Print Friendly, PDF & Email

The recent kerfuffle over a proposed parking lot for the east side of the Chaffee County Administration Building at 104 Crestone Ave. in Salida centered on the potential loss of both open space and six heritage elm trees that would need to be removed to construct the parking lot.

The county has received considerable citizen objection to the project, which moved forward largely unnoticed with staff and contractor input. At the point the project became public knowledge, a formal bid process was already underway. Those bids will be opened during the May 12 Chaffee Board of County Commissioners (BoCC) meeting.

A proposed project to place a parking lot on the east side of the Chaffee County Administration Building at 104 Crestone Ave. would remove six heritage elm trees and reduce the open space around the county building. It has received considerable public objection. (Photo by Jan Wondra)

A solution has presented itself in the form of an offer to the county from First Presbyterian Church of Salida; to use their upper parking lot for weekday use instead of creating a new county parking lot.  In an April 30 letter addressed to the Chaffee Board of County Commissioners and the Chaffee Director of General Administration Bob Christiansen, from Clerk of Session Barbara Snyder,  the proposal was outlined.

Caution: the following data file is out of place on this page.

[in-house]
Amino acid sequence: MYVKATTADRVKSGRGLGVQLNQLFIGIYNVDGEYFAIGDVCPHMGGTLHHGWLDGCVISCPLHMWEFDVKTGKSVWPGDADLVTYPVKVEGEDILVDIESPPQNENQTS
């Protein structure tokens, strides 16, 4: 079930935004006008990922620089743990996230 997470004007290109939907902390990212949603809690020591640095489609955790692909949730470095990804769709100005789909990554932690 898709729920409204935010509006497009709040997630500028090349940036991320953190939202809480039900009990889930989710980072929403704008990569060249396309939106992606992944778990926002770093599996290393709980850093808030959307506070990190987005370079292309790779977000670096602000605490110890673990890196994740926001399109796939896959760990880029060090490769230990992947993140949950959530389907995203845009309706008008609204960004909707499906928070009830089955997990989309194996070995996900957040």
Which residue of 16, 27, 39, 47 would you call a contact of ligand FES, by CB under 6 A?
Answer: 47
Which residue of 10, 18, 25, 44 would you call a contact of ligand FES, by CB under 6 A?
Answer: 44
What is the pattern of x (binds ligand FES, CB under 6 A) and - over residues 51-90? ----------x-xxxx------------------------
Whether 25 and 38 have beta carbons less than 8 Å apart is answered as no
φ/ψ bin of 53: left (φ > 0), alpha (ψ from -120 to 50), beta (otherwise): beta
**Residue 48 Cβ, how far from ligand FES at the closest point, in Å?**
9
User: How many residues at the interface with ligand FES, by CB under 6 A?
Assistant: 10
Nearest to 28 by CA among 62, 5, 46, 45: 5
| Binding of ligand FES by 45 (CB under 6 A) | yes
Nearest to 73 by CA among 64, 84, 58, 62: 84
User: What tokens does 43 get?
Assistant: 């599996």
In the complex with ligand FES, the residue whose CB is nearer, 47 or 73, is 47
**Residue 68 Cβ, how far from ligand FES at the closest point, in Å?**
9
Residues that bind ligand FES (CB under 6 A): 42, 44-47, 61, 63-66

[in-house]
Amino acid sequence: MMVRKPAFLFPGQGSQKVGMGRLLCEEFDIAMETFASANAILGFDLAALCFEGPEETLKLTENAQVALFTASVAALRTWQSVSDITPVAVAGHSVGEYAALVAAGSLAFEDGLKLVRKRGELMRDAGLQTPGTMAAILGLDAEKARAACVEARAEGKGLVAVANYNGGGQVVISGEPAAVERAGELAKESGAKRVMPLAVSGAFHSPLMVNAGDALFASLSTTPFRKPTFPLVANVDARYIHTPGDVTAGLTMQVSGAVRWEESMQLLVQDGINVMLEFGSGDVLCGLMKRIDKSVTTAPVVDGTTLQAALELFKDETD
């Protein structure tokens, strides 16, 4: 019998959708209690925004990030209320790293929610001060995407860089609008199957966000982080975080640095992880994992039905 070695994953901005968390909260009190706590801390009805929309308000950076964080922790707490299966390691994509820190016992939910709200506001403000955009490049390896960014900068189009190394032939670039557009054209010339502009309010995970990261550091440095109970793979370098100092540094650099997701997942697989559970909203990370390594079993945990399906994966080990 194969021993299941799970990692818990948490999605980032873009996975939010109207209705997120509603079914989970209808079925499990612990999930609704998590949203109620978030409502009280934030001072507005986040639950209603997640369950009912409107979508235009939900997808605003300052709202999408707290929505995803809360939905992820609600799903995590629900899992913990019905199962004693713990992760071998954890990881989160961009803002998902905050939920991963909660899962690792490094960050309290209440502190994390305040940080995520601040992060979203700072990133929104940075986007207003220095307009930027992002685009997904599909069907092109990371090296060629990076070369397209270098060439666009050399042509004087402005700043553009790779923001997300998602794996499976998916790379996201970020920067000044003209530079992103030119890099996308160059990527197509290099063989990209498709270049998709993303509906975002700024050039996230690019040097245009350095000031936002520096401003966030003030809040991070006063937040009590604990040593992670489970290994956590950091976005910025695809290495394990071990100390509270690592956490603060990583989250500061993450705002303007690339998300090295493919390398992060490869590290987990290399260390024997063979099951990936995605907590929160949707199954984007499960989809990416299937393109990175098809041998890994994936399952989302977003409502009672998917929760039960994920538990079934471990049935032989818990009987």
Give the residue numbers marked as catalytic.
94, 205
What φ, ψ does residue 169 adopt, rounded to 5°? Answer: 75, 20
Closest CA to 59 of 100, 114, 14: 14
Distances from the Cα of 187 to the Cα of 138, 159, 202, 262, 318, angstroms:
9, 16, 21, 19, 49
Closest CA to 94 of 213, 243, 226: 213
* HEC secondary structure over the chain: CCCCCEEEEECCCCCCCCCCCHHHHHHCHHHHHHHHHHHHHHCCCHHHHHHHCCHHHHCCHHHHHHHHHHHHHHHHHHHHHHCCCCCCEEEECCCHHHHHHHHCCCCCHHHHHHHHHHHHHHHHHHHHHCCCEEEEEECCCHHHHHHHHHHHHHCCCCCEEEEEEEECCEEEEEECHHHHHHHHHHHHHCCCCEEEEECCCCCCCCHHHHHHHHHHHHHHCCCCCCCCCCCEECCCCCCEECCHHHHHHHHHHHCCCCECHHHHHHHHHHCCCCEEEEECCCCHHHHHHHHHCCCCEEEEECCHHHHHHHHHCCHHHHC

The church’s preliminary analysis concluded that it had a potential solution that could benefit both the county and the church.

“The church has a gravel parking lot directly across from the corner of the County property that we estimate could accommodate between 20 and 22 parking spaces. This would, of course, require some further investigation, but preliminary measurements indicate this capacity would be possible with proper engineering and verification of the exact western property line.”

According to the invitation to negotiate some agreement over the church’s lot, one of the conditions would be to limit county use to weekdays only.

Also, according to the letter, a lease agreement would require the county to make the improvements, including the paving, any adjustments for drainage requirements, and a fence along the property line if requested by the neighbor. Rent would need to be established with reasonable annual increases and liability insurance to protect the church.

First Presbyterian Church of Salida. (Courtesy photo)

According to the offer letter, there are advantages to this approach.  “First, the cost will be significantly less than the cost of the current parking proposal. Second, the county will eliminate community concerns about the loss of important trees and open space.”

“Third,” continues the proposal, ” full use of land already dedicated to parking but currently only used part-time is an environmentally sound and positive use of scarce land. Fourth, the church parking lot feeds directly into the Poncha Blvd. crosswalk, which, when more prominently marked, would ensure pedestrian safety and a very short walk to the courthouse.”

There has as yet, been no formal comment from the county to the church’s proposal.